The idea of the mall has evolved in the past few decades from the enclosed behemoth structure with teens hanging around the food court or the record store while their parents shopped in big department stores and chain boutiques. It was replaced by the large lifestyle center. Now, in the post-Great Recession world, shoppers are largely splitting their dollars between online shopping, discount stores and nearby community shopping centers like Cross Hill Market along Fort Jackson Boulevard. Columbia, which has had five malls that were at one time thriving, now has one that is still bustling, one that was caught mid-development by the recession and three with uncertain futures.
The past financial woes of Alan Kahn, developer of the Village at Sandhill on Clemson Road, are buried under a makeshift winter wonderland as the outdoor shopping mall heads into the holiday season.
Kahn is quick to point out the shoppers sipping hot cocoa from horse-drawn carriages and the carols chiming from a children’s choir perched on a stage in the center of the sprawling 1.15 million-square-foot center, which he says has been bolstered over the past year with a handful of shops and restaurants that exceeded his expectations.
“It’s really quite picturesque,” said Kahn, who once called the mall his proudest achievement.
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He’s not so quick, however, to discuss those financial worries. Kahn exited bankruptcy last month for himself and two real estate companies with a plan to repay at least 5 cents on the dollar to up to 50 creditors to whom he owed more than $100 million. He also repaid more than $800,000 in back taxes to hold on to 95 acres of undeveloped land at the Village – about a third of its total acreage.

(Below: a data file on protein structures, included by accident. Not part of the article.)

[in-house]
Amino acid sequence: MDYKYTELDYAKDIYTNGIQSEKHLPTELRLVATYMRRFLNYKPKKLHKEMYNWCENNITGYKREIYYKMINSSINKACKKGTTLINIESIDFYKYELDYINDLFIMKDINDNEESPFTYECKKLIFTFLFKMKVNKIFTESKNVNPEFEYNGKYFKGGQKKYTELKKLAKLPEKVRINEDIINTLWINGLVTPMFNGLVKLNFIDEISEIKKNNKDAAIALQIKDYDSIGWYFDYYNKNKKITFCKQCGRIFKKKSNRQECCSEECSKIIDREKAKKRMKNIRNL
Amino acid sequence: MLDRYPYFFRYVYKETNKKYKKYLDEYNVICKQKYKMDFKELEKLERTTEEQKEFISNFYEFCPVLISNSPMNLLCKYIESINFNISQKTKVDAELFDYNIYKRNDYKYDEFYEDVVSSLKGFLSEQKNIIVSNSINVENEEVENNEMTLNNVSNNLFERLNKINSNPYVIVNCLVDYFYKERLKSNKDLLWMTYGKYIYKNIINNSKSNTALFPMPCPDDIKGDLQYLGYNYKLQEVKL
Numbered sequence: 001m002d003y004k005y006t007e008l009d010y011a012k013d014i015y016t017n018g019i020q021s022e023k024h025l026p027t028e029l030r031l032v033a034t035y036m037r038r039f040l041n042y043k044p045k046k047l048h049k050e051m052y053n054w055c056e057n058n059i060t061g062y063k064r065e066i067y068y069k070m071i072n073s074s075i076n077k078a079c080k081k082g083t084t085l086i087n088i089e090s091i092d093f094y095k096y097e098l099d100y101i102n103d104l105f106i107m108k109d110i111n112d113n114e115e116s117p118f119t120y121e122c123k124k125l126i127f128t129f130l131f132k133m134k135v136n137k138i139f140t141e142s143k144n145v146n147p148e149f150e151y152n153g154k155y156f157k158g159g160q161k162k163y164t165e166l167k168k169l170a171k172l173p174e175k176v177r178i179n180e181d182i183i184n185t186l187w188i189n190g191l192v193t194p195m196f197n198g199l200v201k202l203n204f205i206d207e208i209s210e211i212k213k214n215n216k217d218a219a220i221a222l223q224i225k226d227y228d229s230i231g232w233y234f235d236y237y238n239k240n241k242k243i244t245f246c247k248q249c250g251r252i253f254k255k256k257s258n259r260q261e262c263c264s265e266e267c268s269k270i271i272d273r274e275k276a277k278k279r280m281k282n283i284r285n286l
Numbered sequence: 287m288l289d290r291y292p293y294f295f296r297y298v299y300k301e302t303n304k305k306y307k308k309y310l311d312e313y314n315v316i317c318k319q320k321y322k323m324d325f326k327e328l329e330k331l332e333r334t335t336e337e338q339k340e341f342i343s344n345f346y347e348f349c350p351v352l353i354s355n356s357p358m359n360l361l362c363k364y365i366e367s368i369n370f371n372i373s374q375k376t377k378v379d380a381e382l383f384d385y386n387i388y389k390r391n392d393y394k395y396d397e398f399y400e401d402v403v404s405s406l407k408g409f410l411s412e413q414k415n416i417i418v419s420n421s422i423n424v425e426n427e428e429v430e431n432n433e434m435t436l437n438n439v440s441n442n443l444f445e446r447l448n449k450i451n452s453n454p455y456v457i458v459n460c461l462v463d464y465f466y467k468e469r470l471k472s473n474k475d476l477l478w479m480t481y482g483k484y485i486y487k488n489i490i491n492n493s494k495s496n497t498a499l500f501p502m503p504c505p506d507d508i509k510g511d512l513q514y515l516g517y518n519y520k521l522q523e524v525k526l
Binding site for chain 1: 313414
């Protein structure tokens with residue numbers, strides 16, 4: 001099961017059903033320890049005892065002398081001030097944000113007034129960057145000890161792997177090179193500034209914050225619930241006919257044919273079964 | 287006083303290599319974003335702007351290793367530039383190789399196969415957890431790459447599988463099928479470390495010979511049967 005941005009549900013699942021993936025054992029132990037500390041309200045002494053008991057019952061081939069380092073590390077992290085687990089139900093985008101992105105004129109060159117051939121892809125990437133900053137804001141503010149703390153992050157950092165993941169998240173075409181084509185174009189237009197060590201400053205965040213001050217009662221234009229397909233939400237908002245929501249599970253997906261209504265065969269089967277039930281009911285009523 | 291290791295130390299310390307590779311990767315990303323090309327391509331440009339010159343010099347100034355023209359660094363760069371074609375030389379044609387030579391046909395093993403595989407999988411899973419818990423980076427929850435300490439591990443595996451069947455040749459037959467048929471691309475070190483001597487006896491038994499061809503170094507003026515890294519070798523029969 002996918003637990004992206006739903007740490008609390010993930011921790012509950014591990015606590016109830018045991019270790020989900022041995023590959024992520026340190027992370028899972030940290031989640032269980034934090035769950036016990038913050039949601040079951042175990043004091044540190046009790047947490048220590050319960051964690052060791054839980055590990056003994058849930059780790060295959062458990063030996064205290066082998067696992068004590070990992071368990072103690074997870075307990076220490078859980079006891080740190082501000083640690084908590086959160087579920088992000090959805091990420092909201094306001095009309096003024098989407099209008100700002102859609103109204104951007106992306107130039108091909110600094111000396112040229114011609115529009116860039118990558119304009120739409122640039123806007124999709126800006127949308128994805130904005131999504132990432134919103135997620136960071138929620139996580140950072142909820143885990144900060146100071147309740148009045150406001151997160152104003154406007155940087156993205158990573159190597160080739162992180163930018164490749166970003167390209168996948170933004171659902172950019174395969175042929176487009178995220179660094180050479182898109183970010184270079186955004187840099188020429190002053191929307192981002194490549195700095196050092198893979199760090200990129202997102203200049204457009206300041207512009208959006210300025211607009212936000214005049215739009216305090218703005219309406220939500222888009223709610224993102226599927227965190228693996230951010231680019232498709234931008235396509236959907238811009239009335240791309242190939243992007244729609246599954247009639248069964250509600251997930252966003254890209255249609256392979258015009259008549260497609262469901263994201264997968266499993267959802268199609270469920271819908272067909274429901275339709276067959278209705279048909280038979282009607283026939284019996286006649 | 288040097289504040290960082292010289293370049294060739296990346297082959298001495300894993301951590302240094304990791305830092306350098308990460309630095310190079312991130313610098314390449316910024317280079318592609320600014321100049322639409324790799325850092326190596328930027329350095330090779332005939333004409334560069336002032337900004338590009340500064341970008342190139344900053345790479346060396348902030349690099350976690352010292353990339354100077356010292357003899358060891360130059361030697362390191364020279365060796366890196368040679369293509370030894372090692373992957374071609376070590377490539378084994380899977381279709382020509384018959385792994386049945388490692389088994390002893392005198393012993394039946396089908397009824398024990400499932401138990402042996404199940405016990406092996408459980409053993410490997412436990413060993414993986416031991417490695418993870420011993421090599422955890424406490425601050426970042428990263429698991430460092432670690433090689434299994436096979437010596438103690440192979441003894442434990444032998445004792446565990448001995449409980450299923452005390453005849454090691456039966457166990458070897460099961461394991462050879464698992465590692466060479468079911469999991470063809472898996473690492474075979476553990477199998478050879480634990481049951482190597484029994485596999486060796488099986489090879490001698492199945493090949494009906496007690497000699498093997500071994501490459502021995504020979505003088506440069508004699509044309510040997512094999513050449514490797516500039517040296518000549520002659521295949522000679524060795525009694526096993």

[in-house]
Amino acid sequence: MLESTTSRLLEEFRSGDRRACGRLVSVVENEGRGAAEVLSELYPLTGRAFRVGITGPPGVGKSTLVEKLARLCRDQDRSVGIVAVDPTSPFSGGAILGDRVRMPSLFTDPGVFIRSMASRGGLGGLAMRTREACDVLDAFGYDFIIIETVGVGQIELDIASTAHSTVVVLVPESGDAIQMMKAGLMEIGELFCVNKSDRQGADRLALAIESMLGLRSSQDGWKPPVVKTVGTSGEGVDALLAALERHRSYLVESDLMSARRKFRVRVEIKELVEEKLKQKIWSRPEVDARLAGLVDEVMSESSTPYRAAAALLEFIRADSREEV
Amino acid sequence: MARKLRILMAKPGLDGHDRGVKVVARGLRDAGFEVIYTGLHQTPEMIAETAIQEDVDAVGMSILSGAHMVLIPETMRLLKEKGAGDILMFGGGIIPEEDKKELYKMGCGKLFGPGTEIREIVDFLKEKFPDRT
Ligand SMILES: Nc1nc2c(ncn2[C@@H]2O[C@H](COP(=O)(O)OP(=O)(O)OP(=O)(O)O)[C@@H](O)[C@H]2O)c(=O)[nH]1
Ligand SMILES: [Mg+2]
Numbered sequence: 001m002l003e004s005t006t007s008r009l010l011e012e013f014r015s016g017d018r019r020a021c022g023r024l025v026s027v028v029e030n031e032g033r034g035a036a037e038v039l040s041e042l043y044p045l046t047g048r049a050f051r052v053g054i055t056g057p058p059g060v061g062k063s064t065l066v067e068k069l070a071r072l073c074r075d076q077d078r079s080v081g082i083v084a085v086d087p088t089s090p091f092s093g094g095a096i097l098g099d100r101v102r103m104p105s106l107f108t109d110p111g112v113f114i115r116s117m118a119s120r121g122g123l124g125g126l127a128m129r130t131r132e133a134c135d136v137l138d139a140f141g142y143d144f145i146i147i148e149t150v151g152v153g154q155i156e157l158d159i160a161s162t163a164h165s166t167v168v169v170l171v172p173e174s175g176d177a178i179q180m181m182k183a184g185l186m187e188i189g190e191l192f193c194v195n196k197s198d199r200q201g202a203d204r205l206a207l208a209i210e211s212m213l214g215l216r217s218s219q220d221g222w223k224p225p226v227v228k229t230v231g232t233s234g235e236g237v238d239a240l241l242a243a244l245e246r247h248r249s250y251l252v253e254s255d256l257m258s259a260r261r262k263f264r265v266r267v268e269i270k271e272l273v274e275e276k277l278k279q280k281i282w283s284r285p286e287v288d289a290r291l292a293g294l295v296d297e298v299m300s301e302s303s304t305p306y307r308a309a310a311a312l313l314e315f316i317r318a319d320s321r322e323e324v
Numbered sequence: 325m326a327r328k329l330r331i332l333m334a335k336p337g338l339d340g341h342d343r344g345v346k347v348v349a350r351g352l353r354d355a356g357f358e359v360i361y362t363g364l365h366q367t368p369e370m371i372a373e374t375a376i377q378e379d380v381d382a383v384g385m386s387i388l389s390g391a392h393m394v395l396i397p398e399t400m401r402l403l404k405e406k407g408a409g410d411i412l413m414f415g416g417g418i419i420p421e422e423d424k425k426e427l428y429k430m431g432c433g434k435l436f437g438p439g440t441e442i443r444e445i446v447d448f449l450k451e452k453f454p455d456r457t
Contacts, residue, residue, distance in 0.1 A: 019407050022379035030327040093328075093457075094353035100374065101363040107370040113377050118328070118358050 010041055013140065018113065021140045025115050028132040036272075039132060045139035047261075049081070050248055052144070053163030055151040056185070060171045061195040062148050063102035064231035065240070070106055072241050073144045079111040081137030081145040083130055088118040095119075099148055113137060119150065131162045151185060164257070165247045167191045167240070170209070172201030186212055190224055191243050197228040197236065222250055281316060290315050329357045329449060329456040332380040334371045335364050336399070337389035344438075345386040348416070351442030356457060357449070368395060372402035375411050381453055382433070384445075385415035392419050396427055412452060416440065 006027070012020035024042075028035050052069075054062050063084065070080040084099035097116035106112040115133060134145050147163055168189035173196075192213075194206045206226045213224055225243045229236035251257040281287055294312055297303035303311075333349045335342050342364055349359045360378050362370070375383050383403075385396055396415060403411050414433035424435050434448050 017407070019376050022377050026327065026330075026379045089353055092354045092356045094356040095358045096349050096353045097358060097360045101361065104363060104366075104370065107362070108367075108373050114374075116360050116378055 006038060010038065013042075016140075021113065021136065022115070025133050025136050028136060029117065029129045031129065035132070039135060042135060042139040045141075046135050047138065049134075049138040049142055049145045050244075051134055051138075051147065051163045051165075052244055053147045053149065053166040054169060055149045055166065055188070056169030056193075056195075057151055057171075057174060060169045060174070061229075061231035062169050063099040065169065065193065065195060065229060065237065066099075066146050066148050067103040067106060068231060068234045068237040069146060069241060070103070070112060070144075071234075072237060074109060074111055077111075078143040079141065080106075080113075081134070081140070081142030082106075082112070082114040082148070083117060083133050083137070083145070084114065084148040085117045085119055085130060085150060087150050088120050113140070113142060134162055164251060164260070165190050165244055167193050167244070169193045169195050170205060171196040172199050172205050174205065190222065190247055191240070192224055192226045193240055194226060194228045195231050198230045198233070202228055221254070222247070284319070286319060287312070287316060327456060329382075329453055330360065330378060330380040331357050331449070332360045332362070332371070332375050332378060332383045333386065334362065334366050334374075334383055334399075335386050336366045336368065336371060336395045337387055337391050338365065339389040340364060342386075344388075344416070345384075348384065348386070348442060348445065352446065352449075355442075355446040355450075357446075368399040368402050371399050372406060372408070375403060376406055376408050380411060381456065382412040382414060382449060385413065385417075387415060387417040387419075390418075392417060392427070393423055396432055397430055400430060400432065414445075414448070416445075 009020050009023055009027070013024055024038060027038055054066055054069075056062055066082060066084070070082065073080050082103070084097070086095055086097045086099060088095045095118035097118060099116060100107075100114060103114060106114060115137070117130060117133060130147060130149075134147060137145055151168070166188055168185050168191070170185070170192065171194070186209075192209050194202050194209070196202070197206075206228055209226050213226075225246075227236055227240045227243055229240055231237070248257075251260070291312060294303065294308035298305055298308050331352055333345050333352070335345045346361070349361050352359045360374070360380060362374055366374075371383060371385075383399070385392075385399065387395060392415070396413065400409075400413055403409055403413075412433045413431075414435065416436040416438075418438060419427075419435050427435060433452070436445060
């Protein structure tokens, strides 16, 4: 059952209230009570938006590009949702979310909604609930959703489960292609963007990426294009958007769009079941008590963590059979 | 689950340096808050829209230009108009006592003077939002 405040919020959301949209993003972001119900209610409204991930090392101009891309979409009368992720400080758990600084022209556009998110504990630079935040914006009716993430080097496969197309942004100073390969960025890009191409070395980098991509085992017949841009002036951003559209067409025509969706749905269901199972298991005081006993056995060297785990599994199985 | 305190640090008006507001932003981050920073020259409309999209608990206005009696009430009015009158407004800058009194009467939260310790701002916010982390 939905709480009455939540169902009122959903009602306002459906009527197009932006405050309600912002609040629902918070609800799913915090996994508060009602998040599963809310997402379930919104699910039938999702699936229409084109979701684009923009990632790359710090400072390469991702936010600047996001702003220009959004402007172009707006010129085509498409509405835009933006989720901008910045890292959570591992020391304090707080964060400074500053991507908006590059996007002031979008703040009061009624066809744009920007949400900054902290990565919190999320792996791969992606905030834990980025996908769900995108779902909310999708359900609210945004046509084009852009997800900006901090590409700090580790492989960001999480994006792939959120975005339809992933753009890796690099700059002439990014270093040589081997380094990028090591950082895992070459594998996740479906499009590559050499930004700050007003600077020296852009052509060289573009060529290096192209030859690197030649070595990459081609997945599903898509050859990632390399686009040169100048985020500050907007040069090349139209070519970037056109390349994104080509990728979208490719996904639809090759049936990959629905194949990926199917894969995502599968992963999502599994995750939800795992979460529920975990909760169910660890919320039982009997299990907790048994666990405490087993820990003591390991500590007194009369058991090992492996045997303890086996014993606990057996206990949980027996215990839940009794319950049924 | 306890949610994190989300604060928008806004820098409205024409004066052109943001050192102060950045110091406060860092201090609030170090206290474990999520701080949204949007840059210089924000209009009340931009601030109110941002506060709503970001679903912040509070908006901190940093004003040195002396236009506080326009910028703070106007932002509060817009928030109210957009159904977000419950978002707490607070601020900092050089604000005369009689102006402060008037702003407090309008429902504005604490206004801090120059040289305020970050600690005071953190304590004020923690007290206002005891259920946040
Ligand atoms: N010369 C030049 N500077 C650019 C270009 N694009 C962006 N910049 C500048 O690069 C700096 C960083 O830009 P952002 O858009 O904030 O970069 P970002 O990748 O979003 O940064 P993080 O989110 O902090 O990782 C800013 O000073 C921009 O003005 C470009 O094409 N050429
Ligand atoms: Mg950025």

“No comment on any of that. The fact of the matter is that it is irrelevant to anything going on at the Village,” said Kahn, who filed for the Chapter 11 bankruptcy in the spring of 2013.
In fact, Kahn could still lose part of the shopping center and condominiums there to Wells Fargo bank if he is not able to refinance or sell it by the end of the month as a condition of the bankruptcy settlement.
The Village suffered when the worst recession in a lifetime walloped the country just as the center was being developed. However, even during some of the darkest years, the Village was able to attract a massive Academy Sports + Outdoors in 2011 – the first in the Midlands. HomeGoods opened there a year later. And last year, HiWire chose the Village to locate the Midlands’ first trampoline park.
But hope is on the horizon.
A new hotel is planned for the site. And in June, Richland District 2 broke ground in the Village for a $41 million Institute of Innovation, which will house a professional development center and student learning labs.
“It will draw tremendous numbers of people to the Village day in and day out,” Kahn said.
That promises to bolster an already strong showing of visitors. Kahn saysfoot traffic this year has been in the millions.
“It’s shocked ... me because I didn’t realize that many people visited the Village, but they do,” he said.
Kahn attributes the steady flow of customers to a continued stock of quality vendors, including new additions like East Coast Pizza and Le Peep, a family-run breakfast and lunch chain that returned after opening a location downtown. HomeGoods, a home decor outlet, sold 130 percent above plan this year, Kahn said. And the shopping center currently is 90 percent occupied.
“We’ve recovered from the recession ... as far as I’m concerned,” he said.